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Richey Revisited

Stuart Bailie | 08:56 UK time, Tuesday, 12 May 2009

I spent a fair amount of time with Richey Edwards from the Manic Street Preachers. We conversed in London and Los Angeles, in the Blue Mountains of Wales and in sundry festival enclosures. Our last meeting was shortly after his departure from the Priory in 1994. That Christmas, I watched him onstage at the Astoria on Charing Cross Road, pretty and almost entirely vacant. A few months later and he carried off the most absorbing vanishing act in popular music.

manics.jpgAs you know, the Manics have put together a new album, based on Richey's last creative writings. I'm listening to 'Journal For Plague Lovers' at the moment and I'm reassured that it sounds barbed and belligerent. It doesn't ask you to find it attractive, while the production of Steve Albini sustains the edge.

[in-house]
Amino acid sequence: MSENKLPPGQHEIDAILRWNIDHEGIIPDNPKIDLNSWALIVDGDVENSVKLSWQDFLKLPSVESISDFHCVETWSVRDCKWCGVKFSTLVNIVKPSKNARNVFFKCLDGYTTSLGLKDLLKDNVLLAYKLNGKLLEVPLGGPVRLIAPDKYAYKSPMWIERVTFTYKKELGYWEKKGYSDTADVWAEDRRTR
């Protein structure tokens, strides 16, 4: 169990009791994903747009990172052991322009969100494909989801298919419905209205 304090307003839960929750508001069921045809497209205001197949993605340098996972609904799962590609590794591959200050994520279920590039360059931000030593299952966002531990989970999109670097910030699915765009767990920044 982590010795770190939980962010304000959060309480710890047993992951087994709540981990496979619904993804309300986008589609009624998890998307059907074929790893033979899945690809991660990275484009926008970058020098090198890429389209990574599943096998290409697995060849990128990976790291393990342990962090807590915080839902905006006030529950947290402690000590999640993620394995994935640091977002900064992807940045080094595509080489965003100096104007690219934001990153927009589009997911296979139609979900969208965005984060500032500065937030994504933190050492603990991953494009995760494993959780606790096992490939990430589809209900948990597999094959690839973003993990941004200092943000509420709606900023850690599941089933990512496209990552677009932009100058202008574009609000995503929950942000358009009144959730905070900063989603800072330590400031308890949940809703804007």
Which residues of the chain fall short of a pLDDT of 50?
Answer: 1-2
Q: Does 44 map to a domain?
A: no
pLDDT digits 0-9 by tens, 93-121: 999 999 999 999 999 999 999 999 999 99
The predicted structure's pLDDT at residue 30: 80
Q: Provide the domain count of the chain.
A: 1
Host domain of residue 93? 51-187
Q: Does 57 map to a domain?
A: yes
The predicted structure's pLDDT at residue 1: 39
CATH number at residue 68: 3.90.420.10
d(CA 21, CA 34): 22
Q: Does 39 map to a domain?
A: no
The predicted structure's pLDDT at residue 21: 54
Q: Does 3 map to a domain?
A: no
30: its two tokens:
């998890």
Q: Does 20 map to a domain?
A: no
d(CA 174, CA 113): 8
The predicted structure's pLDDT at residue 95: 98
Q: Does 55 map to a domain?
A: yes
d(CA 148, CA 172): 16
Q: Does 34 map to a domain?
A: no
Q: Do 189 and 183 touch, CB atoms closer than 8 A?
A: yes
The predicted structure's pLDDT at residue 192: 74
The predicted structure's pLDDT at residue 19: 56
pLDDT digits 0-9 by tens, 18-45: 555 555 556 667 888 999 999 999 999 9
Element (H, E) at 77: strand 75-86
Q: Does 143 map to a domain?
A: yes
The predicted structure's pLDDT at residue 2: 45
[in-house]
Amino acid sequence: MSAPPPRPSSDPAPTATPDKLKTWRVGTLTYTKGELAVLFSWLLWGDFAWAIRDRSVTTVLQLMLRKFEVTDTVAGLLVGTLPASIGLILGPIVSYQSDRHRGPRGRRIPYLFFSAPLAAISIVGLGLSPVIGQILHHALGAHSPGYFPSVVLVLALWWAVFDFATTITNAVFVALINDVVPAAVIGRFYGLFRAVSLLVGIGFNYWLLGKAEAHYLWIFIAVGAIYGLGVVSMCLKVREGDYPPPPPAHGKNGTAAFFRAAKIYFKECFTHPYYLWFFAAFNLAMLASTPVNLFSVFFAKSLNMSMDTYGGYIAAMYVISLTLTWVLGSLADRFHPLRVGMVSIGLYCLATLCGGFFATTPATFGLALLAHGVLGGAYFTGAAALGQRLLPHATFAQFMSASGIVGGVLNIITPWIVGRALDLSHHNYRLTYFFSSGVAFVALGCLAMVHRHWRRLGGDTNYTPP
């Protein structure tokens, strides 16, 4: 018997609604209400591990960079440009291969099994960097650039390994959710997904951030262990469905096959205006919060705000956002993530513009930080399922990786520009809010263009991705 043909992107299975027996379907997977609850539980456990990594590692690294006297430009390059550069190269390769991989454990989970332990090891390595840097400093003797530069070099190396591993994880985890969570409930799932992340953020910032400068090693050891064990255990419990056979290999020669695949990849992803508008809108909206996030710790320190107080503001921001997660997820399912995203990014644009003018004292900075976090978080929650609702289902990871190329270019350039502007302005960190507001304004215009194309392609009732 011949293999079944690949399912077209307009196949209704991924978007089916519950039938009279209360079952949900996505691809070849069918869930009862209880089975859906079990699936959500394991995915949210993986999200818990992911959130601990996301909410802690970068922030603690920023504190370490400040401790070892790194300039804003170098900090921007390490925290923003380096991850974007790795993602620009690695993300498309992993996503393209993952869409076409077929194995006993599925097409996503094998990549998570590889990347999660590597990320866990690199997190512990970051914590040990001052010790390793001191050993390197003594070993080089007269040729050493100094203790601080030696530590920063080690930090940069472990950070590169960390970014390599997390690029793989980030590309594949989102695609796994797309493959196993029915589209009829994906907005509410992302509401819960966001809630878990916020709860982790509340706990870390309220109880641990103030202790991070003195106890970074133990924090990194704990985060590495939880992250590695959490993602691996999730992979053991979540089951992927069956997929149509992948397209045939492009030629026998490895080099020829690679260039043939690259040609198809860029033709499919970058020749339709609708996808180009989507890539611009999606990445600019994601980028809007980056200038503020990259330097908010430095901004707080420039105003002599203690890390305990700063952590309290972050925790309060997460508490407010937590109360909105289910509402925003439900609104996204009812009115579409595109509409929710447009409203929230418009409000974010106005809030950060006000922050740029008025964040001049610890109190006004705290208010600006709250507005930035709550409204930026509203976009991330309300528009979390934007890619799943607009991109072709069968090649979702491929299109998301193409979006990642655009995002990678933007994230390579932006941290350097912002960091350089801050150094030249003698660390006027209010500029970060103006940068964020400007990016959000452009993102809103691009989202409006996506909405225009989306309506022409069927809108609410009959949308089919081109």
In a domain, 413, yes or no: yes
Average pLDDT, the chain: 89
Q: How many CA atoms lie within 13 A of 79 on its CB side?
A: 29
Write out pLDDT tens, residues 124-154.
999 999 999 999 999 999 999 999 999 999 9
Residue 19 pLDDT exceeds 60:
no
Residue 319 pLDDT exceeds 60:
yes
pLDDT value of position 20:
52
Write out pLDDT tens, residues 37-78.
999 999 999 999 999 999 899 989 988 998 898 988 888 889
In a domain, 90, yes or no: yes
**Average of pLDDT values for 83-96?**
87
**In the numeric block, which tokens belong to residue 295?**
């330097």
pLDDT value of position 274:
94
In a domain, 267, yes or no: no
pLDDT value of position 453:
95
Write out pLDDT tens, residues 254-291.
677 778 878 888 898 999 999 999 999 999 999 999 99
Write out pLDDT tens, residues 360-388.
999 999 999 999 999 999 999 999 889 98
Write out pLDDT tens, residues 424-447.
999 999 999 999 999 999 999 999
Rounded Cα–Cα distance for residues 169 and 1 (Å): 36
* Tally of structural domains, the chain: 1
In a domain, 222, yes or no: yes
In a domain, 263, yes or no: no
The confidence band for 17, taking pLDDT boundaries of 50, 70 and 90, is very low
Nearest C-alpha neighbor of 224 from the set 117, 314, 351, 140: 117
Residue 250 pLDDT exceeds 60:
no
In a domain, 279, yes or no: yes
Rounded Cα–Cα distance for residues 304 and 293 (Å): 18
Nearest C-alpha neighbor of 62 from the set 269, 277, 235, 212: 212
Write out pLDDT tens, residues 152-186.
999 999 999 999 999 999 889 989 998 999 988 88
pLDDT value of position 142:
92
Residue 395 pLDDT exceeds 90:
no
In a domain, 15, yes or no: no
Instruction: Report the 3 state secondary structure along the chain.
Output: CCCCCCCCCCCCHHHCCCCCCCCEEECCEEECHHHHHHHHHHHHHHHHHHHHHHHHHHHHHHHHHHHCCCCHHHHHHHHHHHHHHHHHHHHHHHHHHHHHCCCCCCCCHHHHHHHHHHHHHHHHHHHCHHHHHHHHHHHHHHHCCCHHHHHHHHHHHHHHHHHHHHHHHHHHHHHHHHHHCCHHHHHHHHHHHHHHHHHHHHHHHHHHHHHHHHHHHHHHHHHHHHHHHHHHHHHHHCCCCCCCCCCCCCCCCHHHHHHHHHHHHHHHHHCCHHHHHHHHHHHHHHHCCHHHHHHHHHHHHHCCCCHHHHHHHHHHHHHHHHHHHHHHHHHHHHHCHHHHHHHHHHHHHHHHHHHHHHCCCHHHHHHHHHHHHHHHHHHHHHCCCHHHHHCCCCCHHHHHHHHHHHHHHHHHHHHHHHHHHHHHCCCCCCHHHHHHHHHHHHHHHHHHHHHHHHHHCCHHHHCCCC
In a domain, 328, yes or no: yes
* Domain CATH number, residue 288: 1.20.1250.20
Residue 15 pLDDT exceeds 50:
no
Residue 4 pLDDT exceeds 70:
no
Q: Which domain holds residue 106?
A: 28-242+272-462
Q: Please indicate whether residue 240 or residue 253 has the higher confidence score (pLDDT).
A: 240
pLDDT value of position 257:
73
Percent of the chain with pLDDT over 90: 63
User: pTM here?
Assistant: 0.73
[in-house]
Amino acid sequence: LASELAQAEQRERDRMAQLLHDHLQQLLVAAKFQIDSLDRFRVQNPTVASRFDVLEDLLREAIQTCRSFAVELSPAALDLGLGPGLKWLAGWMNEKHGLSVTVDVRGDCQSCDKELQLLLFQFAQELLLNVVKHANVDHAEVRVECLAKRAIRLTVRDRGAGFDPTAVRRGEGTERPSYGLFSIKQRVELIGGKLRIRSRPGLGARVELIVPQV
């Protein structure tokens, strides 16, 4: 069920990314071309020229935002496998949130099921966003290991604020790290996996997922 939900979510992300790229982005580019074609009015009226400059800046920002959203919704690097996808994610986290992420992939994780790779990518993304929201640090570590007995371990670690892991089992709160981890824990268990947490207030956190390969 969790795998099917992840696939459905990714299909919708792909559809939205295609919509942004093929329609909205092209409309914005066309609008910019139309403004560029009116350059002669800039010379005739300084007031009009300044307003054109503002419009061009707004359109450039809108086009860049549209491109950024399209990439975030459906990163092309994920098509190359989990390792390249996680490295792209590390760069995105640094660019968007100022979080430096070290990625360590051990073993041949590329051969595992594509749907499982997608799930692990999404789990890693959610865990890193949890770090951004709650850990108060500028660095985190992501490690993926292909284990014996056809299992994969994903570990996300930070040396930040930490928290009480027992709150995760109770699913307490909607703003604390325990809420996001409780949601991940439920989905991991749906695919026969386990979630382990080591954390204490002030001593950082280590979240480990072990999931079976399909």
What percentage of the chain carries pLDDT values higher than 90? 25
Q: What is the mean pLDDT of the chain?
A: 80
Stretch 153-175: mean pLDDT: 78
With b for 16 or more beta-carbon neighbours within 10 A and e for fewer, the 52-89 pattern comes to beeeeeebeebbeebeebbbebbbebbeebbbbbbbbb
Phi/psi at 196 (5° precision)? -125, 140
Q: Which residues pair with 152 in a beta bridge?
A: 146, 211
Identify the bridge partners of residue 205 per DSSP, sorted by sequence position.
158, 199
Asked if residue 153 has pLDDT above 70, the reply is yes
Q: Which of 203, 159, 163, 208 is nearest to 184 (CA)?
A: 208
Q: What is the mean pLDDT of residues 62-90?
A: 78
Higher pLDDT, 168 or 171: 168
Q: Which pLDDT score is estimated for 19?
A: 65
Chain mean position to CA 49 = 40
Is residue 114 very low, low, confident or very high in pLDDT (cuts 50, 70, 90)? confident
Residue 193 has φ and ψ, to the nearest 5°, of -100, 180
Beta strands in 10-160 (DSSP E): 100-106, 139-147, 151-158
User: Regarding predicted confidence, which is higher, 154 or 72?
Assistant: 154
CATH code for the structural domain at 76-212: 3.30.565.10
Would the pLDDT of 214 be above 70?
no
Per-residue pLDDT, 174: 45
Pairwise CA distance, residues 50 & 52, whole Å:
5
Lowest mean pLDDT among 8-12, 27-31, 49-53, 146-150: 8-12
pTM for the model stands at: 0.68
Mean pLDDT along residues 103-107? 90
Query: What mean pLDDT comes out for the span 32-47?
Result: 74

The lyrics are only starting to register, but I expect them to be intelligent and artfully distressed. His scything style was informed by the great philosophers, the doomed authors and the UK tabloid press. It was James' job to make these work as performance pieces, and he's clearly not lost the knack of the rock and roll hieroglyph.

Making sense of this will be the work of student dissertations for a few decades to come.



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